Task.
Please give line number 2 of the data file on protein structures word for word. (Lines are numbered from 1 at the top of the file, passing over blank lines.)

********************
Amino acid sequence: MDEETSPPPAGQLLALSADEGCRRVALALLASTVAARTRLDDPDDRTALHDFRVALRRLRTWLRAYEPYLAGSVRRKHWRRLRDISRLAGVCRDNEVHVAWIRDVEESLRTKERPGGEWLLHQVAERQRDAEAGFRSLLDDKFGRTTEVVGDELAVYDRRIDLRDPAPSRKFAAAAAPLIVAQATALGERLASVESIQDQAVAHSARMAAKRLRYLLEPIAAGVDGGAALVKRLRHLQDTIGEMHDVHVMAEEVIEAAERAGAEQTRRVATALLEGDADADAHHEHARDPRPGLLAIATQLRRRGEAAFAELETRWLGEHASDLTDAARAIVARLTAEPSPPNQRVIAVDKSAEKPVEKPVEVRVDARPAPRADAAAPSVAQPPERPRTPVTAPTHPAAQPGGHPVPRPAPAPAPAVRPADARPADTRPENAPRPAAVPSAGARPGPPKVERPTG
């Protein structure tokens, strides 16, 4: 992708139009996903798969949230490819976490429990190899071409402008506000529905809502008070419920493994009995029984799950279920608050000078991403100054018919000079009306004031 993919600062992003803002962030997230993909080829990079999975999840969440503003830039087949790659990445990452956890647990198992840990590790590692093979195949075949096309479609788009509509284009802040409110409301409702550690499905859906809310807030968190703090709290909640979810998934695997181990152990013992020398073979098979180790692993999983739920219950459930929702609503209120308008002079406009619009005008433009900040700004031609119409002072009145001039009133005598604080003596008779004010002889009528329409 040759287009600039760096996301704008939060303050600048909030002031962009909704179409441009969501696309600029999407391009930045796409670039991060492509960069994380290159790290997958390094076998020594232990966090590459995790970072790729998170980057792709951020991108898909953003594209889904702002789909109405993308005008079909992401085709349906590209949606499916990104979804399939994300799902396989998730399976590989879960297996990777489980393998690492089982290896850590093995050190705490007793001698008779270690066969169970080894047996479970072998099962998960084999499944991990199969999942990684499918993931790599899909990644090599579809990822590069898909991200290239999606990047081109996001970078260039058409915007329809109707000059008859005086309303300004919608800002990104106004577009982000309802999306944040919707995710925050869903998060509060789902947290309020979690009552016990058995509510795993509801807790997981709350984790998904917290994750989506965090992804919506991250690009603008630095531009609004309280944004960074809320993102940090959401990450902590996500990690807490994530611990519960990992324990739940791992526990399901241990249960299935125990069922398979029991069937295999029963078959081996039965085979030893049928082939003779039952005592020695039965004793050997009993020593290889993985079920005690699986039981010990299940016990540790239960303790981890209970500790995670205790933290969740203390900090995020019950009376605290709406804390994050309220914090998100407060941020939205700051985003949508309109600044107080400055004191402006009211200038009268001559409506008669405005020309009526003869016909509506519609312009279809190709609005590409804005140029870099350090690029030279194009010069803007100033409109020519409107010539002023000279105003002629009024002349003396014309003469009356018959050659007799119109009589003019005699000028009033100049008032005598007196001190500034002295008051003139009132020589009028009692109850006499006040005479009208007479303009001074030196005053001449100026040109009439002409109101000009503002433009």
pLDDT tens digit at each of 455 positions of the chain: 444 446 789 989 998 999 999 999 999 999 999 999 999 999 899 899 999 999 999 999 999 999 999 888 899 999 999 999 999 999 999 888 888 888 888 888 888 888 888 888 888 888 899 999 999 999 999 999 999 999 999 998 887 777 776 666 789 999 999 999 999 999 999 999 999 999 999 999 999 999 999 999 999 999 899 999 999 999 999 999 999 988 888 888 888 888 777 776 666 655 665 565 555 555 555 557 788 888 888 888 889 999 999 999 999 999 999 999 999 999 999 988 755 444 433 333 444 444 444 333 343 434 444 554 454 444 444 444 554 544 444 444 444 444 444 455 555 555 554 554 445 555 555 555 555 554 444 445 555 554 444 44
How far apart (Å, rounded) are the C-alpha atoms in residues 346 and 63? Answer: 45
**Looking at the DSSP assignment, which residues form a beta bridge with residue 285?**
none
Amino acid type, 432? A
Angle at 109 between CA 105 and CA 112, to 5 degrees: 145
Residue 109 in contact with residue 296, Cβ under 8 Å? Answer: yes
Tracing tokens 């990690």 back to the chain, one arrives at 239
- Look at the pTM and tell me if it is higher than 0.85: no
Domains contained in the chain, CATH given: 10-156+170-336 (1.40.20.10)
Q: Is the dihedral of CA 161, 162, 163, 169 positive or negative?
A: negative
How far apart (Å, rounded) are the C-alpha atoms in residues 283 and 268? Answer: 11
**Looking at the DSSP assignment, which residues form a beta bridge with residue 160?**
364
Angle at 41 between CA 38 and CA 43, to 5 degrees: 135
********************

């Protein structure tokens, strides 16, 4: 992708139009996903798969949230490819976490429990190899071409402008506000529905809502008070419920493994009995029984799950279920608050000078991403100054018919000079009306004031 993919600062992003803002962030997230993909080829990079999975999840969440503003830039087949790659990445990452956890647990198992840990590790590692093979195949075949096309479609788009509509284009802040409110409301409702550690499905859906809310807030968190703090709290909640979810998934695997181990152990013992020398073979098979180790692993999983739920219950459930929702609503209120308008002079406009619009005008433009900040700004031609119409002072009145001039009133005598604080003596008779004010002889009528329409 040759287009600039760096996301704008939060303050600048909030002031962009909704179409441009969501696309600029999407391009930045796409670039991060492509960069994380290159790290997958390094076998020594232990966090590459995790970072790729998170980057792709951020991108898909953003594209889904702002789909109405993308005008079909992401085709349906590209949606499916990104979804399939994300799902396989998730399976590989879960297996990777489980393998690492089982290896850590093995050190705490007793001698008779270690066969169970080894047996479970072998099962998960084999499944991990199969999942990684499918993931790599899909990644090599579809990822590069898909991200290239999606990047081109996001970078260039058409915007329809109707000059008859005086309303300004919608800002990104106004577009982000309802999306944040919707995710925050869903998060509060789902947290309020979690009552016990058995509510795993509801807790997981709350984790998904917290994750989506965090992804919506991250690009603008630095531009609004309280944004960074809320993102940090959401990450902590996500990690807490994530611990519960990992324990739940791992526990399901241990249960299935125990069922398979029991069937295999029963078959081996039965085979030893049928082939003779039952005592020695039965004793050997009993020593290889993985079920005690699986039981010990299940016990540790239960303790981890209970500790995670205790933290969740203390900090995020019950009376605290709406804390994050309220914090998100407060941020939205700051985003949508309109600044107080400055004191402006009211200038009268001559409506008669405005020309009526003869016909509506519609312009279809190709609005590409804005140029870099350090690029030279194009010069803007100033409109020519409107010539002023000279105003002629009024002349003396014309003469009356018959050659007799119109009589003019005699000028009033100049008032005598007196001190500034002295008051003139009132020589009028009692109850006499006040005479009208007479303009001074030196005053001449100026040109009439002409109101000009503002433009």